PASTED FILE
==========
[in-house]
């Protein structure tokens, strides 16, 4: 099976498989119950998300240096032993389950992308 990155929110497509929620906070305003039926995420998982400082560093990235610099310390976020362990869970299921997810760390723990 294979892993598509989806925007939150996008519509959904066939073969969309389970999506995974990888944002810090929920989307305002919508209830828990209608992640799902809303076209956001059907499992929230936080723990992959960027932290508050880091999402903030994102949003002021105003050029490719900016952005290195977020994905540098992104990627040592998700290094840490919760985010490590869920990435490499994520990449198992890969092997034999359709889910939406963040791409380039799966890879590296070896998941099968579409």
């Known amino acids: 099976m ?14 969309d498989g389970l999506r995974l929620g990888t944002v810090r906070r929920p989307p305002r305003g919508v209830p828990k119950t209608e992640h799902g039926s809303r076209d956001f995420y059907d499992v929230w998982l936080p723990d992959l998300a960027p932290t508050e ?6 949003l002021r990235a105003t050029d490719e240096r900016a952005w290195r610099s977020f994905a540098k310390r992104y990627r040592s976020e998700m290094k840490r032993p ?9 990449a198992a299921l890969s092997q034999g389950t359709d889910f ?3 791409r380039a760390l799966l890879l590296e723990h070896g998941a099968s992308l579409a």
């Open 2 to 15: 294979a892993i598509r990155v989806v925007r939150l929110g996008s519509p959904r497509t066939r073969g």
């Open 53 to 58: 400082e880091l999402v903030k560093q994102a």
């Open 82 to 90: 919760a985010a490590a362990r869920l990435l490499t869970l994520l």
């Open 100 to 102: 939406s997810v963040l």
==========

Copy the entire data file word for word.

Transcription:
[in-house]
């Protein structure tokens, strides 16, 4: 099976498989119950998300240096032993389950992308 990155929110497509929620906070305003039926995420998982400082560093990235610099310390976020362990869970299921997810760390723990 294979892993598509989806925007939150996008519509959904066939073969969309389970999506995974990888944002810090929920989307305002919508209830828990209608992640799902809303076209956001059907499992929230936080723990992959960027932290508050880091999402903030994102949003002021105003050029490719900016952005290195977020994905540098992104990627040592998700290094840490919760985010490590869920990435490499994520990449198992890969092997034999359709889910939406963040791409380039799966890879590296070896998941099968579409």
């Known amino acids: 099976m ?14 969309d498989g389970l999506r995974l929620g990888t944002v810090r906070r929920p989307p305002r305003g919508v209830p828990k119950t209608e992640h799902g039926s809303r076209d956001f995420y059907d499992v929230w998982l936080p723990d992959l998300a960027p932290t508050e ?6 949003l002021r990235a105003t050029d490719e240096r900016a952005w290195r610099s977020f994905a540098k310390r992104y990627r040592s976020e998700m290094k840490r032993p ?9 990449a198992a299921l890969s092997q034999g389950t359709d889910f ?3 791409r380039a760390l799966l890879l590296e723990h070896g998941a099968s992308l579409a």
């Open 2 to 15: 294979a892993i598509r990155v989806v925007r939150l929110g996008s519509p959904r497509t066939r073969g």
């Open 53 to 58: 400082e880091l999402v903030k560093q994102a």
């Open 82 to 90: 919760a985010a490590a362990r869920l990435l490499t869970l994520l």
């Open 100 to 102: 939406s997810v963040l």